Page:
Saturday, September 20, 2008
The United States Federal Trade Commission filed charges against five companies for "deceptive advertising of bogus cancer cures". An additional six companies also named in the federal agency's complaint have settled and their cases will not go into litigation; however, they will be required to send letters to their former customers, and four will be forced to offer reimbursement
The five companies charged are Omega Supply, San Diego, California; Native Essence Herb Company, El Prado, New Mexico; Daniel Chapter One, Portsmouth, Rhode Island; Gemtronics, Inc., Franklin, North Carolina, and Herbs for Cancer, Surprise, Arizona. According to Lydia Parnes, director of the Federal Trade Commission's Bureau of Consumer Protection, "There is no credible scientific evidence that any of the products marketed by these companies can prevent, cure, or treat cancer of any kind."
Attorney Richard Jaffe who represents the firm Native Essence, one of the companies charged, protested against the FDA's action. "In our view it's a battle between the right to speak and the government's censorship." Native Essence sells herbal supplements and informs customers of herbs that have historic use for cancer and other ailments. Jaffe asserts the claim of historic use is truthful and does not necessarily mean that the herb is effective. Other items marketed by the companies named in the action include laetrile, essiac tea, mushroom extracts, and black salve. FDA representative Douglas Stearn expressed concern that people who have cancer may select these items instead of treatments that have been studied and found effective, or that unstudied herbal treatments could produce drug interactions with conventional medicine.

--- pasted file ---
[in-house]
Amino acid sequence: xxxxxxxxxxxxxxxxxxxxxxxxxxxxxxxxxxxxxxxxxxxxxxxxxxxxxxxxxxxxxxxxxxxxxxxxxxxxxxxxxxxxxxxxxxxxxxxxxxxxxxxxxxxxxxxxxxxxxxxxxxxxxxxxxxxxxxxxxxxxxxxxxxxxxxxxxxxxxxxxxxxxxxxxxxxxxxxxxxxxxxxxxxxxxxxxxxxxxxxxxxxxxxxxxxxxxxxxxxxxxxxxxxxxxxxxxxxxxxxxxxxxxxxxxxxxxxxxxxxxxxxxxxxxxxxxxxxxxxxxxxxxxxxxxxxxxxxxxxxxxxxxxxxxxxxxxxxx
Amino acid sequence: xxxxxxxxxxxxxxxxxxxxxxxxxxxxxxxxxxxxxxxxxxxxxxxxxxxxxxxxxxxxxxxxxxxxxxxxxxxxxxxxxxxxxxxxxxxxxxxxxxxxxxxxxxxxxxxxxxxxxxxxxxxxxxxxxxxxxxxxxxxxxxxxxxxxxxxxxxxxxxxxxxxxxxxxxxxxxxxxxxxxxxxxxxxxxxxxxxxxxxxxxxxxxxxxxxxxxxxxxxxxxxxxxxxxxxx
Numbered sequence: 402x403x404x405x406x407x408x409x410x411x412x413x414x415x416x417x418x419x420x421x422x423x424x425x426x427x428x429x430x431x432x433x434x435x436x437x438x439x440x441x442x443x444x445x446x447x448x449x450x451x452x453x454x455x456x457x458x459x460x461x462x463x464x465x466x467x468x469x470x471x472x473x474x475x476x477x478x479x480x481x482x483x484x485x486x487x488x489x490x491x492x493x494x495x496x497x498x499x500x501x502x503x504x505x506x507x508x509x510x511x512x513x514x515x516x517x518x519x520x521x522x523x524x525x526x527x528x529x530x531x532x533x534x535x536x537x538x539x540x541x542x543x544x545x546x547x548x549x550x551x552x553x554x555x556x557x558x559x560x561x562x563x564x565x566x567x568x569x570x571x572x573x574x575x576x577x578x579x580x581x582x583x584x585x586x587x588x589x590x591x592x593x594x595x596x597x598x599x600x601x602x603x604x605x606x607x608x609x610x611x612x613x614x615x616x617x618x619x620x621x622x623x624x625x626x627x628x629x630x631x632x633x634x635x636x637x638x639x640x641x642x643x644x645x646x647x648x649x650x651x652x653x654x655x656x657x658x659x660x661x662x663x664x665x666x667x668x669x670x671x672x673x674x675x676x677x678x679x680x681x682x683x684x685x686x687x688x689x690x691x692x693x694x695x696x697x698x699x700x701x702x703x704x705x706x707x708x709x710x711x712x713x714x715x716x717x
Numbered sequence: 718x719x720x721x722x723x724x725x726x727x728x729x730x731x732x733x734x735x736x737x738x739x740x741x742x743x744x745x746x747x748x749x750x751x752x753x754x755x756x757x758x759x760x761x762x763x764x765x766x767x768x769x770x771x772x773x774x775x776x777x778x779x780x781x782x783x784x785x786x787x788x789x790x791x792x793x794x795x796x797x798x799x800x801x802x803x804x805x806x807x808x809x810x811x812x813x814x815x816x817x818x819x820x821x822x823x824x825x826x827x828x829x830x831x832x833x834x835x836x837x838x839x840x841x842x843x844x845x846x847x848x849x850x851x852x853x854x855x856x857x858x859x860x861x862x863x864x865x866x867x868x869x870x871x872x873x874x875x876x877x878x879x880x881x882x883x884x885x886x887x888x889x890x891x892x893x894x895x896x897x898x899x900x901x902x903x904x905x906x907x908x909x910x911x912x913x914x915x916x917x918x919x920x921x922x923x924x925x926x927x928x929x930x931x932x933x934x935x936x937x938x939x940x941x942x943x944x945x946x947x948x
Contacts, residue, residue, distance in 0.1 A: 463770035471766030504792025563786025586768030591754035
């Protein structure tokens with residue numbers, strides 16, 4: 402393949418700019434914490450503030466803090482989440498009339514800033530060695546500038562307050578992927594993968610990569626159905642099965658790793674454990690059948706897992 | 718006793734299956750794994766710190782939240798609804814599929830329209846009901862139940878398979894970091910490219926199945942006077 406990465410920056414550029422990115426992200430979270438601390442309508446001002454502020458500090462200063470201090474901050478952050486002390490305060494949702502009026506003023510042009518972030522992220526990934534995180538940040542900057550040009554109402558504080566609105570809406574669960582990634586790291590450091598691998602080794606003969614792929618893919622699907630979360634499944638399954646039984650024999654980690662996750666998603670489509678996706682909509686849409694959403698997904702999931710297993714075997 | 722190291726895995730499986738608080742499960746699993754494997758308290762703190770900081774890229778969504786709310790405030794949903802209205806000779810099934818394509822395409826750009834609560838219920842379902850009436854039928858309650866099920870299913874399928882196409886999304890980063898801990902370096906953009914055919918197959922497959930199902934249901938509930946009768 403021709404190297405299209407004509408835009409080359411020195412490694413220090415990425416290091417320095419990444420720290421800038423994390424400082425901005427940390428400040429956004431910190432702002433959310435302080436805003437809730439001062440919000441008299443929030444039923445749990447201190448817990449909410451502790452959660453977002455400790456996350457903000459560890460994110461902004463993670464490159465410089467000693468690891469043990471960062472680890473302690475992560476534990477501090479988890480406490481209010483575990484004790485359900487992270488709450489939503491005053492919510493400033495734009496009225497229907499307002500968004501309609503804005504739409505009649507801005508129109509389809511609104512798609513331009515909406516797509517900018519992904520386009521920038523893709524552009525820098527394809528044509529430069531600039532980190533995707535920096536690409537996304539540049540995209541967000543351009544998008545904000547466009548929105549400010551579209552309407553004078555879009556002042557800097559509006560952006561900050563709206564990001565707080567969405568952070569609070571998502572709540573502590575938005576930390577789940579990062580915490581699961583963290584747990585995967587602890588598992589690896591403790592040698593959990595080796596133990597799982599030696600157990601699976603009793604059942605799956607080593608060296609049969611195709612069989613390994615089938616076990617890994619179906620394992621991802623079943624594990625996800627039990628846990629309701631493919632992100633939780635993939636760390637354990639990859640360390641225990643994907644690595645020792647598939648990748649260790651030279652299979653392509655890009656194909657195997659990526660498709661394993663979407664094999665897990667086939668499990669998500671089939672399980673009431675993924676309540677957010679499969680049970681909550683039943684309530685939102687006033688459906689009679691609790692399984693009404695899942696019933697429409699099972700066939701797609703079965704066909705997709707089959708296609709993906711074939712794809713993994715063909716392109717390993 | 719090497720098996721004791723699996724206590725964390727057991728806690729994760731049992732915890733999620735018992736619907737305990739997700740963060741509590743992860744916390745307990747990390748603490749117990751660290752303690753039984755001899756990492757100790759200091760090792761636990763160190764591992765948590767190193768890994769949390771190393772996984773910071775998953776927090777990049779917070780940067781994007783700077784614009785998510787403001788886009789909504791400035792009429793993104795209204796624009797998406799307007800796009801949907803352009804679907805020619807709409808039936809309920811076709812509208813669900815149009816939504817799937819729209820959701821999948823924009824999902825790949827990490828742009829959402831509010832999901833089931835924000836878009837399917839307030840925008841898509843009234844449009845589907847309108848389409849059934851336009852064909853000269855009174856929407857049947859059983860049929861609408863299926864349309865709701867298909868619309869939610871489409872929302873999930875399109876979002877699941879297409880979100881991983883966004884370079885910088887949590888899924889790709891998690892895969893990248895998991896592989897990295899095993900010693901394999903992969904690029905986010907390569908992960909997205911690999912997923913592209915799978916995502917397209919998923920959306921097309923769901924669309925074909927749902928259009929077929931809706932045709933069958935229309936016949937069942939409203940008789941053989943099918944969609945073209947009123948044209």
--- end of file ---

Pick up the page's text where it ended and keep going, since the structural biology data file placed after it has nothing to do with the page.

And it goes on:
Before filing legal action the FTC sent over 100 warning letters and many firms dropped or changed the health claims for their products. In conjunction with the announcement the FDA announced a new website http://www.ftc.gov/curious that urges cancer patients to discuss all treatments they consider trying with their physicians, warns about the dangers of delaying or stopping cancer treatments in favour of alternative medicine, and gives advice about spotting and reporting false health claims.
== Sources ==
Tami Dennis. "If a cancer cure sounds too good to be true..." — Los Angeles Times, 19 September 2008
Randolph E. Schmid. "FTC warns consumers about bogus cancer cures" — Associated Press, 18 September 2008
Kate Barrett and Lisa Stark. "Looking Out for Bogus Cancer Cures" — ABC News, September 18, 2008
== External links ==
"Cure-ious? Ask" — Federal Trade Commission, 20 September 2008 (date accessed)
"Don't stop or delay your conventional treatment" — Federal Trade Commission, 20 September 2008 (date accessed)
"FTC Sweep Stops Peddlers of Bogus Cancer Cures" — Federal Trade Commission, 18 September 2008 (press release)